It was one of the more entertaining games of the season, if only because neither team seemed able to get stops on a consistent basis. Because of that, the game had an NBA feel, with first WSU making a run, then Cal. Who would have the last one? Ah, that would be the Bears. An 11-3 run to be precise. Over the final 2 minutes, 50 seconds. Read on.
• When Washington State coach Tony Bennett finally made it down to the basement of Haas Pavilion after his postgame radio interview, he seemed satisfied. Not with the defeat. No coach is ever satisfied with that. But with the effort. Bennett related he had challenged his team to play with passion and let the chips fall. The Cougars had, the chips fell into Cal’s pot and so, Bennett said, “I can’t change now.” And that’s what he told his team in the locker room.
But later, when things had quieted down, Bennett was willing to admit to his disappointment. The Cougars’ lack of depth – in two games against the Bears the bench has scored a total of two points – had been the difference. After the starters – Aron Baynes, Caleb Forrest, Taylor Rochestie, Nik Koprivica and Klay Thompson – had put together a dominating 8-minute stretch to open the game – WSU led 16-5 – Bennett had to go to his bench. And that bench was populated with one senior (Daven Harmeling) and three freshmen. It was those freshmen that let WSU down Saturday.
DeAngelo Casto brought energy, but made enough mental errors defensively, one coach related, to cost WSU eight points. From helping too much to attempting to block shots that were unblockable, thus yielding easy offensive rebounds, he didn’t have his best game. Marcus Capers struggled trying to guard Patrick Christopher, leaving his feet on shot fakes and not staying within arms’ reach on screens. Plus, the Bears just didn’t guard him, leaving him free to shoot 15 footers they knew he wouldn’t take. And Mike Harthun, who backed away from two very takeable charges, missed his only shot attempt, a 3-pointer from the corner that was a foot long. By now, it was hoped, the freshmen would be contributing more. While they were giving the starters some rest after the hot start, the Bears roared back, scoring 10 unanswered points before Bennett could get them out. The run reached 15 and the Cougars’ early momentum was wasted.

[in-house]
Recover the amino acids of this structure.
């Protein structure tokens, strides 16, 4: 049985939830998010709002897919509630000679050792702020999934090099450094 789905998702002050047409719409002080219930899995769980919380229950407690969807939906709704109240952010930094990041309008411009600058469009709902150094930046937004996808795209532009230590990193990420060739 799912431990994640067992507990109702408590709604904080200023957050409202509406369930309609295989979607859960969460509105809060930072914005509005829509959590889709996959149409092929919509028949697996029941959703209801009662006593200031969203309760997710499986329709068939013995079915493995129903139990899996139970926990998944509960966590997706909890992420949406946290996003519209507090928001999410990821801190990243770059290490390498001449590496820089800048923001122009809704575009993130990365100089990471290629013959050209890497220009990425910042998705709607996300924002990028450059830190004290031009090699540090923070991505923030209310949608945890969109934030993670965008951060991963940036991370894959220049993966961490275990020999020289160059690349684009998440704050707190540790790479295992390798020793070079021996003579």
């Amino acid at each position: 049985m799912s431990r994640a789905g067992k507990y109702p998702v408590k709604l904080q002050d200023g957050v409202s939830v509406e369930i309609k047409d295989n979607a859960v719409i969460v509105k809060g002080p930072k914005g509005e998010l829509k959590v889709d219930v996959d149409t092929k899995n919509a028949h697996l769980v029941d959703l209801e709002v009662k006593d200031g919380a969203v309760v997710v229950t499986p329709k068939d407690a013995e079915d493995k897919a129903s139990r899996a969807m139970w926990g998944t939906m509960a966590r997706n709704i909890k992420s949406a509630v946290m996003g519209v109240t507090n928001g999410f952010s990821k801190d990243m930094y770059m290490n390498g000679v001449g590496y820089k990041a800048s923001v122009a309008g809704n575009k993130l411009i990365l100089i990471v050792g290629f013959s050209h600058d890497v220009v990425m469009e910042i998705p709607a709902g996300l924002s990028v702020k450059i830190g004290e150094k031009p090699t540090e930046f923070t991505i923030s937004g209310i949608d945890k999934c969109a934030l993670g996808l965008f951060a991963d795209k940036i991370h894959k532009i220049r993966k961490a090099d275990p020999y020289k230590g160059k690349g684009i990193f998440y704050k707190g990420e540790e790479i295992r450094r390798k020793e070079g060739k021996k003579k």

• With rest at a premium, the starters ran out of gas, or in Forrest’s case, hit the floor hard enough to knock himself out of the game. When legs were needed, the Bears had them, in large part because their big three of Jerome Randle, Patrick Christopher and Theo Robertson had been able to sit or, when playing extended stretches, been relieved of their toughest defensive duties by subs – for example, Jorge Gutierrez guarded Thompson at times even when Christopher was on the floor.
So WSU returns home with the two Oregon schools headed in. Must wins? For sure, if the Cougars want to play in one of the postseason tournaments. They have to have at least a .500 record, and, at 12-11, the edge is awful thin. Seven league games remain, and a 3-4 mark means a win in the Pac-10 tournament would be a must. Go 4-3 and even a first-round upset doesn’t kill the chances.
• OK, enough of my ranting. Let’s get to the links. You can find our unedited story on this blog post as well as the edited version here. Freelancer Howie Stalwick had this story in the News Tribune among other papers. And the Times’ Bob Condotta, with the Dawgs playing today, covered the game as well. … From the Bay Area, there’s Jeff Faraudo had this story in local papers, while Rusty Simmons had his story in the Chronicle. … Around the Pac-10, ASU defeated Oregon State in a defensive battle while red-hot Arizona shot down Oregon. The winless-in-conference Ducks could be dangerous Thursday night.
• That’s it for this morning. With the late finish, we didn’t have much time for postgame comment. We could be back in the afternoon after we peruse the tapes for any nuggets we might have missed. If there is more to pass along, we will. Till then …